Proceeds from revolving credit facility
—  30,000 
Repayment of revolving credit facility
(15,000) (39,000)
Repayment of term portion of credit agreement
(9,738) (9,737)
Payments on or proceeds from other debt, net (3,600) (3,593)
Net cash flows from financing activities
(38,693) (60,837)
Effect of exchange rate fluctuations on cash
(41) 11,201 
Net increase (decrease) in cash and cash equivalents 18,990  (2,274)
Cash and cash equivalents, beginning of period
165,374  121,398 
Cash and cash equivalents, end of period
$ 184,364  $ 119,124 
Supplemental cash flow information
Income taxes paid
$ 10,713  $ 6,639 
Interest paid
$ 15,954  $ 21,837 
The accompanying notes are an integral part of the condensed consolidated financial statements.
7


ACI WORLDWIDE, INC. AND SUBSIDIARIES
NOTES TO CONDENSED CONSOLIDATED FINANCIAL STATEMENTS
(unaudited)
1. Condensed Consolidated Financial Statements
The unaudited condensed consolidated financial statements include the accounts of ACI Worldwide, Inc. and its wholly-owned subsidiaries (collectively, the “Company”). All intercompany balances and transactions have been eliminated. The condensed consolidated financial statements as of March 31, 2021, and for the three months ended March 31, 2021 and 2020, are unaudited and reflect all adjustments of a normal recurring nature, which are, in the opinion of management, necessary for a fair presentation, in all material respects, of the financial position and operating results for the interim periods. The condensed consolidated balance sheet as of December 31, 2020, is derived from the audited financial statements.

The condensed consolidated financial statements contained herein should be read in conjunction with the consolidated financial statements and notes thereto contained in the Company’s annual report on Form 10-K for the fiscal year ended December 31, 2020, filed on February 25, 2021. Results for the three months ended March 31, 2021, are not necessarily indicative of results that may be attained in the future.

The preparation of condensed consolidated financial statements in conformity with accounting principles generally accepted in the United States (“U.S. GAAP”) requires management to make judgments, estimates, and assumptions that affect the reported amounts of assets and liabilities and disclosure of contingent assets and liabilities at the date of the condensed consolidated financial statements and the reported amounts of revenues and expenses during the reporting period. Actual results could differ from those estimates.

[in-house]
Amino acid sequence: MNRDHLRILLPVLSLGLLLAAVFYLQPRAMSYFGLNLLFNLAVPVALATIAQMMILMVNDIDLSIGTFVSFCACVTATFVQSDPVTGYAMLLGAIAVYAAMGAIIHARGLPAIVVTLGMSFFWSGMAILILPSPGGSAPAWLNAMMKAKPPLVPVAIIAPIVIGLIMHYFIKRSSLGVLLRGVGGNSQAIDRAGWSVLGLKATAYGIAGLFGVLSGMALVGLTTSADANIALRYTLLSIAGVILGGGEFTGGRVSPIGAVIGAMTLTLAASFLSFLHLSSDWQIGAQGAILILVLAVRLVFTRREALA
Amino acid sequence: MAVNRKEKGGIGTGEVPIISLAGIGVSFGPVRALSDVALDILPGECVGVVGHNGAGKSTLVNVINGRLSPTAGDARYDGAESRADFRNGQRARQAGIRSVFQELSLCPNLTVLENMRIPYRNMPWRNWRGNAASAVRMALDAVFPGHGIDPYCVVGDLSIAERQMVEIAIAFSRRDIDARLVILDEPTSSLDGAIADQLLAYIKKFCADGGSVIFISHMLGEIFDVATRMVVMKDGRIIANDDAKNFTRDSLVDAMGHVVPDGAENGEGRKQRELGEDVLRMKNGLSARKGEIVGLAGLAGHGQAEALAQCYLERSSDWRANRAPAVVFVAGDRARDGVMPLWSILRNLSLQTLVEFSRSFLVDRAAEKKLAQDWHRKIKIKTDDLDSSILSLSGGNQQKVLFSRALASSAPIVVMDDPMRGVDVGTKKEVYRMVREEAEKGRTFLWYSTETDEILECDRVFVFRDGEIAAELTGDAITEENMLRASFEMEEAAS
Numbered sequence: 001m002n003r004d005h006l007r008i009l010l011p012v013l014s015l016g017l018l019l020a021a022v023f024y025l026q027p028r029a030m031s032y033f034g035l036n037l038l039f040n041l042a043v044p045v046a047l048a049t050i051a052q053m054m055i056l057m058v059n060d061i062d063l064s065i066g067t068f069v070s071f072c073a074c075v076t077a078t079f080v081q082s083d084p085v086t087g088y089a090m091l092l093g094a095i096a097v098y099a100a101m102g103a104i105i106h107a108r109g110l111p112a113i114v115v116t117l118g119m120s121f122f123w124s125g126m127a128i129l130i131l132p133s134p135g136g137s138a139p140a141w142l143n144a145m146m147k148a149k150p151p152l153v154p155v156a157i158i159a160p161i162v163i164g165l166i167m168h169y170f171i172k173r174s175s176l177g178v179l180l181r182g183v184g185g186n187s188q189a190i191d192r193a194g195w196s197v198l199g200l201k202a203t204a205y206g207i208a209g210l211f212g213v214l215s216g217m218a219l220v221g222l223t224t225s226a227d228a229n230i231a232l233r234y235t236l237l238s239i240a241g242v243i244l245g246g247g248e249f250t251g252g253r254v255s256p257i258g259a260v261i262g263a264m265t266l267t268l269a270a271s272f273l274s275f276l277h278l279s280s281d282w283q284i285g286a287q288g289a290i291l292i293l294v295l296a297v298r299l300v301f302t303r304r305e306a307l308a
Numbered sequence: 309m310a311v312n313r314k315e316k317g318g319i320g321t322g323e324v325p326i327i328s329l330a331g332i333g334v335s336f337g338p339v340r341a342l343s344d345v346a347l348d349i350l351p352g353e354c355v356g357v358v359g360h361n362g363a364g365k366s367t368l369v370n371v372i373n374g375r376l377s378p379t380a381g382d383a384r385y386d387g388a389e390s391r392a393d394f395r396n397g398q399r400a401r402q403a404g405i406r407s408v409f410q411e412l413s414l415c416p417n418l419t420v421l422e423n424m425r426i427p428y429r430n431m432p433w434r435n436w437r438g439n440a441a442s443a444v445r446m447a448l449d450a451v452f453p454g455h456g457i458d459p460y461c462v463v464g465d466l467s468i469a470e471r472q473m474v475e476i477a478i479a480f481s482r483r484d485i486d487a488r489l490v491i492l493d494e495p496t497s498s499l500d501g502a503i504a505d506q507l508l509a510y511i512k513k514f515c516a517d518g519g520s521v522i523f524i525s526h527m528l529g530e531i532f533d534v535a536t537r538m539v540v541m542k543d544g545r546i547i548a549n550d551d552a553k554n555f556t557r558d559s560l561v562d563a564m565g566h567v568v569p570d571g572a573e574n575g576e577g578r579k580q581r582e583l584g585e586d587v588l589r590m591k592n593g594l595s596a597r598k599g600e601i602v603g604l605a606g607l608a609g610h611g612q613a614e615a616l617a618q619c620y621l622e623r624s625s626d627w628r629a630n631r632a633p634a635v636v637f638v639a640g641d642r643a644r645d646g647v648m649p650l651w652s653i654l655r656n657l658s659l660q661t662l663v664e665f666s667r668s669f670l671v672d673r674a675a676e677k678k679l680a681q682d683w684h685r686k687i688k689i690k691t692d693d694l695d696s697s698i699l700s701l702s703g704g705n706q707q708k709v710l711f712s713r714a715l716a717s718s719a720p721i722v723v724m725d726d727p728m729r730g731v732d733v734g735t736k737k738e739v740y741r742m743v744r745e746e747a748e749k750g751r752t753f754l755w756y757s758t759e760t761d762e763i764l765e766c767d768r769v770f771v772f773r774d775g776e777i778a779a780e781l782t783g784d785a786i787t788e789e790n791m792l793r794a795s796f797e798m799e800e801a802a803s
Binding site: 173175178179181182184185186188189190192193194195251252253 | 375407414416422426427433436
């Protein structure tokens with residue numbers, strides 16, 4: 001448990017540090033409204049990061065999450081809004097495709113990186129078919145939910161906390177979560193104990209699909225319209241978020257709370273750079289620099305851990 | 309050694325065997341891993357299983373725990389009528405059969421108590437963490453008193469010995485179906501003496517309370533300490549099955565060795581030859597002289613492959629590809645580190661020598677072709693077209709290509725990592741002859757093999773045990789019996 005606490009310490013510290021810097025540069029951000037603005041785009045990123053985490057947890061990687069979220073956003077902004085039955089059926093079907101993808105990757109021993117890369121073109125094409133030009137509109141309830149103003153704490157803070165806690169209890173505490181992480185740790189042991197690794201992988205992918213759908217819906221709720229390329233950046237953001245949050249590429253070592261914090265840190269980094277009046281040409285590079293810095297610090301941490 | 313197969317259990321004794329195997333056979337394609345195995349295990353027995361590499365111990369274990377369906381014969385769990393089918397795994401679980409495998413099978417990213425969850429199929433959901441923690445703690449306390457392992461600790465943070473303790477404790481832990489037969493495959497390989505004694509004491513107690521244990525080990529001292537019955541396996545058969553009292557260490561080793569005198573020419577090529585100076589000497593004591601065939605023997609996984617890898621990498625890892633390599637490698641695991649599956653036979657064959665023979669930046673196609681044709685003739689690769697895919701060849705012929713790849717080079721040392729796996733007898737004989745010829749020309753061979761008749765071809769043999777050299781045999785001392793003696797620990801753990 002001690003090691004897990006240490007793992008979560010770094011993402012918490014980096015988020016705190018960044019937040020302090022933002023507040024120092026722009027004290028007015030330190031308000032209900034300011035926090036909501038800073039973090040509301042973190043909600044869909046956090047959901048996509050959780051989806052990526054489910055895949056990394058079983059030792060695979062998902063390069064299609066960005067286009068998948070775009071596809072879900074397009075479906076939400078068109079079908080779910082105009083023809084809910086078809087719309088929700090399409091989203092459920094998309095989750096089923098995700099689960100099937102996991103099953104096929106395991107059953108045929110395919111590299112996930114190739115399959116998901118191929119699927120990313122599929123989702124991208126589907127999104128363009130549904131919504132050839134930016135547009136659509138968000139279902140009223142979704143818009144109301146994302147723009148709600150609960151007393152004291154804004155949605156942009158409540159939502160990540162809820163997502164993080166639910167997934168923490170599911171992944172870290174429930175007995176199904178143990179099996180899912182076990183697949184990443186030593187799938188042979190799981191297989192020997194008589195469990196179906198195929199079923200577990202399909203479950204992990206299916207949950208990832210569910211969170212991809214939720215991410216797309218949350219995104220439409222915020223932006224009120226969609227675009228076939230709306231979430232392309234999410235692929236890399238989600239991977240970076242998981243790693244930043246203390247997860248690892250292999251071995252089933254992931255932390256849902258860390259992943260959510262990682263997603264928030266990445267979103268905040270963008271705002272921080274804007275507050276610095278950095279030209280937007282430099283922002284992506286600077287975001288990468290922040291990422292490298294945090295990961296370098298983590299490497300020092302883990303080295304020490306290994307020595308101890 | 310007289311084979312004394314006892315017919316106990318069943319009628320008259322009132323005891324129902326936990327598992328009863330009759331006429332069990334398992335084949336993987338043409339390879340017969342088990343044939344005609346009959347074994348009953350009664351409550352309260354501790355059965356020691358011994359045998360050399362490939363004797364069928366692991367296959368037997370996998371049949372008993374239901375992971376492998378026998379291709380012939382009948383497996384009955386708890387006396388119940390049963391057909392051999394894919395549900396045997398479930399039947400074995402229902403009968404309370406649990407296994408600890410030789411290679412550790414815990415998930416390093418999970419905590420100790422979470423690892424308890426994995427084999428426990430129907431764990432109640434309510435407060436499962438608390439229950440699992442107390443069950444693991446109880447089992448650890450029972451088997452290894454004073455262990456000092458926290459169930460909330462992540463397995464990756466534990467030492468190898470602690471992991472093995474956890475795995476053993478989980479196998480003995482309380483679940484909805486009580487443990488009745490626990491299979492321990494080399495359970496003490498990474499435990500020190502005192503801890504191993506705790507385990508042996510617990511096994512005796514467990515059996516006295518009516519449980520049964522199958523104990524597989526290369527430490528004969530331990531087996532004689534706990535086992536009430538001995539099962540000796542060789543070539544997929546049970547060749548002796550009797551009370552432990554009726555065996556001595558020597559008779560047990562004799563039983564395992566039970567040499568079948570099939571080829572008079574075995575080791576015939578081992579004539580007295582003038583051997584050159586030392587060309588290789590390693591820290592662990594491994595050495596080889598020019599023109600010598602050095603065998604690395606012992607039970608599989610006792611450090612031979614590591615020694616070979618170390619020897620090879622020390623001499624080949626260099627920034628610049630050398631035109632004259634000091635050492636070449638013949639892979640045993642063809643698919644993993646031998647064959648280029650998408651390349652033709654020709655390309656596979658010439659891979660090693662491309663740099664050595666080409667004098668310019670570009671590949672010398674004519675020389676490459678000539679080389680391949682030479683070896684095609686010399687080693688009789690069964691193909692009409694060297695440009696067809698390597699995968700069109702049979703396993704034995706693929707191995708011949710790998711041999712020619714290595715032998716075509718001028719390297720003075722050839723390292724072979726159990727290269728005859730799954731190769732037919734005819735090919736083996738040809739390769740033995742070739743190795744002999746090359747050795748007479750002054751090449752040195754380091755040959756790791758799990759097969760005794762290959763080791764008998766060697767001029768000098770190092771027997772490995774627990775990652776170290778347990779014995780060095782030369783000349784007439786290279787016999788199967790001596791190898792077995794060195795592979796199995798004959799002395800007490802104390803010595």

Risks and Uncertainties
The Company is subject to risks and uncertainties as a result of the COVID-19 pandemic. The extent of the impact of the COVID-19 pandemic on the Company's business is highly uncertain and difficult to predict, as the response to the pandemic and available information continues to be evolving. The Company has experienced changes in volumes for certain Merchant and Biller customers and has received limited requests for extended payment terms under existing contracts. Furthermore, capital markets and economies worldwide have also been negatively impacted by the COVID-19 pandemic, and it is possible that it could cause a local and/or global economic recession. Such economic disruption could have a material adverse effect on our business as our customers curtail and reduce capital and overall spending. Policymakers around the globe have responded with fiscal policy actions to support the economy as a whole. The magnitude and overall effectiveness of these actions remains uncertain.

The severity of the impact of the COVID-19 pandemic on the Company's business will depend on a number of factors, including, but not limited to, the duration and severity of the pandemic and the extent and severity of the impact on the Company's customers, all of which are uncertain and cannot be predicted. The Company's future results of operations and liquidity could be adversely impacted by delays in payments of outstanding receivable amounts beyond normal payment terms, uncertain demand, and the impact of any initiatives or programs that the Company may undertake to address financial and operations challenges faced by its customers. As of the date of issuance of these condensed consolidated financial statements, the extent to which the COVID-19 pandemic may materially impact the Company's financial condition, liquidity, or results of operations is uncertain.

Other Current Liabilities
The components of other current liabilities are included in the following table (in thousands):
March 31, 2021 December 31, 2020
Vendor financed licenses $ 13,772  $ 12,901 
Operating lease liabilities 12,907  13,438 
Royalties payable 3,387  3,959 
Accrued interest 2,987  8,745 
Other 35,668  42,569 
Total other current liabilities $ 68,721  $ 81,612 

8

Settlement Assets and Liabilities